HIGH mortgage rates and soaring house prices have skewed Kenya’s housing demand towards apartments and smaller homes as the backlog rises to more than 1.85 million units, the Centre for Affordable Housing in Africa says.
Kenya needs to construct at least 132,000 new units every year to meet demand for housing because of the fast-growing urban population, the South Africa-based CAHF says in its 2015 yearbook released recently.
Kenya’s real estate profile published in the CAHF yearbook indicates the rising demand for apartments and smaller units is because they are considered more affordable by middle and low income earners.
“The average loan size has risen from Sh6.9 million in 2013 to Sh7.5 million in 2014,” states the CAHF yearbook.
“Given an average loan size of Sh7.5 million, average mortgage interest rate of 15.8 per cent, 90 per cent loan-to-value and assuming a 25-year loan, repayment of such loan will be Sh100,740.4.”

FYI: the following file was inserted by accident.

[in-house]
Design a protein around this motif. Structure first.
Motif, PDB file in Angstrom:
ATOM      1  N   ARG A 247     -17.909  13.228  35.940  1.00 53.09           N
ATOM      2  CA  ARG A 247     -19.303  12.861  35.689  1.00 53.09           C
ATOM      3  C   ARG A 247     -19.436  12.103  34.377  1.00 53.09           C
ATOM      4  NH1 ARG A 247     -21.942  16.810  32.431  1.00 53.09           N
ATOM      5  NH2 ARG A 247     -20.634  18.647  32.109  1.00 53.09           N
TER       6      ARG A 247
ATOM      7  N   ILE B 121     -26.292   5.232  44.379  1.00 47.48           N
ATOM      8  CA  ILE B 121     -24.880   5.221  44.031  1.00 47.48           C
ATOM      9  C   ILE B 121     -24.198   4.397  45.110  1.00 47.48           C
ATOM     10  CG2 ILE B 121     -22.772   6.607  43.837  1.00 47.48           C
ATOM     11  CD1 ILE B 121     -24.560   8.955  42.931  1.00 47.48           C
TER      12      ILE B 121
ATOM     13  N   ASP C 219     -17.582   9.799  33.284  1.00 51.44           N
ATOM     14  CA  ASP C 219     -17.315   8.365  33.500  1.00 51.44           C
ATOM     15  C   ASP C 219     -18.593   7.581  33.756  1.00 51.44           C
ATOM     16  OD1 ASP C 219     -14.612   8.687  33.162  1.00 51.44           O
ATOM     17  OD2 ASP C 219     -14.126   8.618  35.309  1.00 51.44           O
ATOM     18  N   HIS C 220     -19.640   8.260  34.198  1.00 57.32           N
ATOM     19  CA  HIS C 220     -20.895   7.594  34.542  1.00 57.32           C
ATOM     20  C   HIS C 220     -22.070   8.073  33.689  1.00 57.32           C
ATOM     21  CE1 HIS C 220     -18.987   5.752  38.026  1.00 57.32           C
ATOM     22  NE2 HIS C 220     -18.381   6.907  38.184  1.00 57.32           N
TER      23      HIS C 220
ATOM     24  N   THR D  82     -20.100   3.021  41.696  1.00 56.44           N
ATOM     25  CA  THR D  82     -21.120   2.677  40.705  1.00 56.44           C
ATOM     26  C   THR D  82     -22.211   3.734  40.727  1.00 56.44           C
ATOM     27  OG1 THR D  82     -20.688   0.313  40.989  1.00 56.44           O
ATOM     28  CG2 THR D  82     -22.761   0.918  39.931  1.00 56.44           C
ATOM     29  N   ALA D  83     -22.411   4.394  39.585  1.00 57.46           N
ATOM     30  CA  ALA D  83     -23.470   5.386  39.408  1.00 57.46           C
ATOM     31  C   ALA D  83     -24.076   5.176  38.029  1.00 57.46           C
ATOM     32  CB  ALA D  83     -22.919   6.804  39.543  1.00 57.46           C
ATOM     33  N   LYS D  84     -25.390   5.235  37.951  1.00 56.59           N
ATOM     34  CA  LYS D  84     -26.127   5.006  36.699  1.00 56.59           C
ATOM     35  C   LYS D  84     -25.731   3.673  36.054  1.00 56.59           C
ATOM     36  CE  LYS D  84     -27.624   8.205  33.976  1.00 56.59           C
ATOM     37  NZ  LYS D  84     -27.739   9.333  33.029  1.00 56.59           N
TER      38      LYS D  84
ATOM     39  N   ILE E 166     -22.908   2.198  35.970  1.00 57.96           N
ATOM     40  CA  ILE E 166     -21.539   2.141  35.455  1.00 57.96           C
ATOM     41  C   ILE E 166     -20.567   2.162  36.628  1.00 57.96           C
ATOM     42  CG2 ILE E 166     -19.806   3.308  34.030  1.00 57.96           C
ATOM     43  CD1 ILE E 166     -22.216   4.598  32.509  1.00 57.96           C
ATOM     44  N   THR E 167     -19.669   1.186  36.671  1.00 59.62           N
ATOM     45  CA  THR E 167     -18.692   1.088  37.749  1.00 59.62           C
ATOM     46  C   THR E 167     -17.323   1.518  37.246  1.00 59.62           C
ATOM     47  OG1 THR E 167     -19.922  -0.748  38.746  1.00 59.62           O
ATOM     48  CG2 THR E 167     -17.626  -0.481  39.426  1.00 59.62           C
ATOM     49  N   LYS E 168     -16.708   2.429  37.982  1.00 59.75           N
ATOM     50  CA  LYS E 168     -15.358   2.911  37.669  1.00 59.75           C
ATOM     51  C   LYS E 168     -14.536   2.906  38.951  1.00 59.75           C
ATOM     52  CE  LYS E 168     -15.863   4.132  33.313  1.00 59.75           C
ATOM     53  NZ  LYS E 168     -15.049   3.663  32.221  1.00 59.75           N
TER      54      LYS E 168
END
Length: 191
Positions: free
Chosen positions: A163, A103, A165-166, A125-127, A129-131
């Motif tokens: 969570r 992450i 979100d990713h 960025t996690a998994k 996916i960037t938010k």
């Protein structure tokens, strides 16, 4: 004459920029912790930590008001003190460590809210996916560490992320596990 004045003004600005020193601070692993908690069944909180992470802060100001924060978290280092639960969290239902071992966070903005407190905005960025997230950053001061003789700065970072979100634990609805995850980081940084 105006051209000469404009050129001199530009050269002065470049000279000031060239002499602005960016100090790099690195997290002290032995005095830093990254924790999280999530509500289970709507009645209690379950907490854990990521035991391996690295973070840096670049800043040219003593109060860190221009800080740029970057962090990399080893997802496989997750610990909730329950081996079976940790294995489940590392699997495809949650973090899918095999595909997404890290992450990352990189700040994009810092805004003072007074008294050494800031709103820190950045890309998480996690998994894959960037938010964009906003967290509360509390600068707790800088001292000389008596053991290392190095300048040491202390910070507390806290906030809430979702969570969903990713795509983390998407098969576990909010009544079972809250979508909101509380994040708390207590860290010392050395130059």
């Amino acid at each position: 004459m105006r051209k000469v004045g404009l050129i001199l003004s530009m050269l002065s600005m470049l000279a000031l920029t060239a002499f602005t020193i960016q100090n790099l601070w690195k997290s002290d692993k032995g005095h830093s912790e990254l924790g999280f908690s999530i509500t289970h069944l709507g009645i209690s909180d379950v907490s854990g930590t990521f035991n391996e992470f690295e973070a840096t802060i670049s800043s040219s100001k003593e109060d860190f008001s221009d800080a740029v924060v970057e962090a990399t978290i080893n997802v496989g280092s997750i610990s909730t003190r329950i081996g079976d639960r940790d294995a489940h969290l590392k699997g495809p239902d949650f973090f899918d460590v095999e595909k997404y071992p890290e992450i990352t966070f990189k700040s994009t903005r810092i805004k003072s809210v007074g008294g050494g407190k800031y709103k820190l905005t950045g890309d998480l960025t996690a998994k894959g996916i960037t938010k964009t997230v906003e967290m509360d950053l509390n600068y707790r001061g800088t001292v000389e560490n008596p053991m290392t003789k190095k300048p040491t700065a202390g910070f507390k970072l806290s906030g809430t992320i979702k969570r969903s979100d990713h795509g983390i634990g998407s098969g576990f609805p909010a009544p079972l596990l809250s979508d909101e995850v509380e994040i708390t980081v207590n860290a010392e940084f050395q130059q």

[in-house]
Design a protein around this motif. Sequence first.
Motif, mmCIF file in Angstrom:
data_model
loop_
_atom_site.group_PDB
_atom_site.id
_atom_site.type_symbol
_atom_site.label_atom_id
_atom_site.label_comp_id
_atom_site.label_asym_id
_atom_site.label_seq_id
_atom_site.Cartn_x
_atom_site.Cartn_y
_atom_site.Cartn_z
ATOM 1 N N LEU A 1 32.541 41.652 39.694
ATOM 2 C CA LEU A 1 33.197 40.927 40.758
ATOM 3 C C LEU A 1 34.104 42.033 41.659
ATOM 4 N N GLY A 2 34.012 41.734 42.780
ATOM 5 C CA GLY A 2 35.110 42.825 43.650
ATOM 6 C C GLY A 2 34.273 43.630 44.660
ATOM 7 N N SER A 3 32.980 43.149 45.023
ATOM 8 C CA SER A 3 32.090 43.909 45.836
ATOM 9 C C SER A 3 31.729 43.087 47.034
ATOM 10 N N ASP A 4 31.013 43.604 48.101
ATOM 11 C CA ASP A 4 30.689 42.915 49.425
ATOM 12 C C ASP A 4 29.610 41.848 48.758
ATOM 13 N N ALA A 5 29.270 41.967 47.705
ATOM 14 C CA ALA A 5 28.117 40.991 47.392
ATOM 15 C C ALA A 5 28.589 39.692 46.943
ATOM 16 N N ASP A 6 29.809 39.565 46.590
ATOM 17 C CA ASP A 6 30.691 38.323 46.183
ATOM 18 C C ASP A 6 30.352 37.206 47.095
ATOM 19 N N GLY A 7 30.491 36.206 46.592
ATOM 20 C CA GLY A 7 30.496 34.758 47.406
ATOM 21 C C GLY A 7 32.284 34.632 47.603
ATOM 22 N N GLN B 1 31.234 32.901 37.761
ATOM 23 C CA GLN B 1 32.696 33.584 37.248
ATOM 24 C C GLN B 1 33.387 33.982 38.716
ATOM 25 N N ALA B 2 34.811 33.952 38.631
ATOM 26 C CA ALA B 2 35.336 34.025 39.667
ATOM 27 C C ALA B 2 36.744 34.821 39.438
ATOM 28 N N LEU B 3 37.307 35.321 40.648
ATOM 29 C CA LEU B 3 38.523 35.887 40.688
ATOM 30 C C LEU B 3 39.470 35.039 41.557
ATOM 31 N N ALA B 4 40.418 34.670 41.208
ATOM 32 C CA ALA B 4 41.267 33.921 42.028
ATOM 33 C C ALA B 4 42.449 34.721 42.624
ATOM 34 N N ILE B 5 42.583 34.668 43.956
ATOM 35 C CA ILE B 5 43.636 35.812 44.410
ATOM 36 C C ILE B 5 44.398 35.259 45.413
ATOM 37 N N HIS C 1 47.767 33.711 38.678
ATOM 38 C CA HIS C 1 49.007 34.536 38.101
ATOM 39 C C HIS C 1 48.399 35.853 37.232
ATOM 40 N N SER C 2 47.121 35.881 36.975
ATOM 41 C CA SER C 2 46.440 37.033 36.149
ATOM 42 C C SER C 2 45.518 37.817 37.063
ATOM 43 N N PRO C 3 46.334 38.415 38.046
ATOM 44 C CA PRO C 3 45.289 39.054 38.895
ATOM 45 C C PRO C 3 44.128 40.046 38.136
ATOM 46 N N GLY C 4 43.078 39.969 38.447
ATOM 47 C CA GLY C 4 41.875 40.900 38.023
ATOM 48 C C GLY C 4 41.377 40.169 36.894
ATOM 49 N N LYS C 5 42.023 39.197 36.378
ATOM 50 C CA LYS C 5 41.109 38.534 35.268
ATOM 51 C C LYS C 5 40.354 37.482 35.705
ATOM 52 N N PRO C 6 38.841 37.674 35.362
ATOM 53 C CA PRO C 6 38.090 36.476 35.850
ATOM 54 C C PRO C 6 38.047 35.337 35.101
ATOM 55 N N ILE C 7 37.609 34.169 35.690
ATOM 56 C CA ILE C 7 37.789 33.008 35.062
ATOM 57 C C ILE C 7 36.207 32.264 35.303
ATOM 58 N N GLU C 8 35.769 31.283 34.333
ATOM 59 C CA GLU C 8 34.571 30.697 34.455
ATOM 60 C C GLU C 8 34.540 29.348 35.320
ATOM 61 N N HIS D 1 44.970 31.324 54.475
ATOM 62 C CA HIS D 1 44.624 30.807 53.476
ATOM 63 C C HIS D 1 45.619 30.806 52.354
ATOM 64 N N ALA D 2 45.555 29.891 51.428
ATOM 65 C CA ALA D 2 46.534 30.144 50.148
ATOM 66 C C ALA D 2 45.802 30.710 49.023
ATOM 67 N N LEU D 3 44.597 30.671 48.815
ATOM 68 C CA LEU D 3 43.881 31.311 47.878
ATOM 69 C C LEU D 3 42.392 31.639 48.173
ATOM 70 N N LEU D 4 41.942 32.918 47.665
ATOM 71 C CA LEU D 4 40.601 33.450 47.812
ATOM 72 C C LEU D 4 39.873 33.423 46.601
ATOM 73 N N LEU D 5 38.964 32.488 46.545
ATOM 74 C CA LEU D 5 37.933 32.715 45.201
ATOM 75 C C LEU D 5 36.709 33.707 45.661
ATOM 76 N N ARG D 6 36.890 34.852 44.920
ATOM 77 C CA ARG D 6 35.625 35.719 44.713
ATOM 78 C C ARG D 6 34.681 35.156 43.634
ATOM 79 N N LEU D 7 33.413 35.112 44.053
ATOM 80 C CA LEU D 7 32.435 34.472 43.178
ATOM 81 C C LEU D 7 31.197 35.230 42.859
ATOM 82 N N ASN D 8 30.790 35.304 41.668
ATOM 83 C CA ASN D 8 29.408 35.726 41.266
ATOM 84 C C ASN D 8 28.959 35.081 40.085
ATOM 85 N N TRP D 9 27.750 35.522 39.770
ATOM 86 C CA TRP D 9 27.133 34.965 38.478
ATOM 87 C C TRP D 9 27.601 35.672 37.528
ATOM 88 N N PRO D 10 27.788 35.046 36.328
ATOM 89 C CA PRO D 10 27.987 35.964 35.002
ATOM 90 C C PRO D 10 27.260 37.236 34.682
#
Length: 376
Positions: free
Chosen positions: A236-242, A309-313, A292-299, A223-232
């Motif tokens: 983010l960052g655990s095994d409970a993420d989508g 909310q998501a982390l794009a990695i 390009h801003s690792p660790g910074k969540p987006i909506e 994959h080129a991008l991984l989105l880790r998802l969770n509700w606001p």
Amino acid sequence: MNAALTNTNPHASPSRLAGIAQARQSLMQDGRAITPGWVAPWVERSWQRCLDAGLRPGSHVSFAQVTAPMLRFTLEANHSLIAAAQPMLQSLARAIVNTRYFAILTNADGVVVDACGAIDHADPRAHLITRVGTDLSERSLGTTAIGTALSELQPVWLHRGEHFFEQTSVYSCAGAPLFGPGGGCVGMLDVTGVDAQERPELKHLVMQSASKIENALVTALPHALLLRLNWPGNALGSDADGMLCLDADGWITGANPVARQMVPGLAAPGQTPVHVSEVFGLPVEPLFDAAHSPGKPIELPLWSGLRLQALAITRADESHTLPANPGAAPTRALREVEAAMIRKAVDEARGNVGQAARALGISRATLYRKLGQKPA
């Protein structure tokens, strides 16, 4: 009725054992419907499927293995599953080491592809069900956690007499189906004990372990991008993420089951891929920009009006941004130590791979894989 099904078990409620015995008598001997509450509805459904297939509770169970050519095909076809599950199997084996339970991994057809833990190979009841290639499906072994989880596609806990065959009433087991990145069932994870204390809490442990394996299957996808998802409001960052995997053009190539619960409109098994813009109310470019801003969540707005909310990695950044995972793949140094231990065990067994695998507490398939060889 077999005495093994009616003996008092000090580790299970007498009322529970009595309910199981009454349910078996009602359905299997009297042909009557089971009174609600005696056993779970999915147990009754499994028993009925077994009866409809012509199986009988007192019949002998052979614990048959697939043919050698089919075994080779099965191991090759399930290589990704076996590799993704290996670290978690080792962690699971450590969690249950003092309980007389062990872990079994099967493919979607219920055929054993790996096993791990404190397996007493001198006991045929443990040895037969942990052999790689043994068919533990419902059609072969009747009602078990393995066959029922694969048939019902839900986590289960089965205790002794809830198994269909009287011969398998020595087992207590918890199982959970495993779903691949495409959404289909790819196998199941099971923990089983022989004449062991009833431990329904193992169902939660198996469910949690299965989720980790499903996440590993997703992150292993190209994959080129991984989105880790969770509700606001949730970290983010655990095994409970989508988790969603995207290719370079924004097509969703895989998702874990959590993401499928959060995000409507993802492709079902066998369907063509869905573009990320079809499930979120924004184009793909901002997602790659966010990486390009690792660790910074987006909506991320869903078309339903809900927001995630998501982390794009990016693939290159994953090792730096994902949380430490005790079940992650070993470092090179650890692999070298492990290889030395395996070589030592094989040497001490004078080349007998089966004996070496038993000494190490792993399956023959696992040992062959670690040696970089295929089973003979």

This, CAHF adds, is unaffordable for the majority of Kenyans.
Despite this, the yearbook profile shows, there are major opportunities within the local housing sector that developers and financing institutions could explore to make home ownership affordable.
“Developers will be able to make a significant impact by constructing small units (studio, two-bedroomed and one-bedroomed houses), making joint purchase of land to reduce overall cost of completed units, sourcing concessionary loans at lower interest rates and by using alternative building materials,” says CAHF.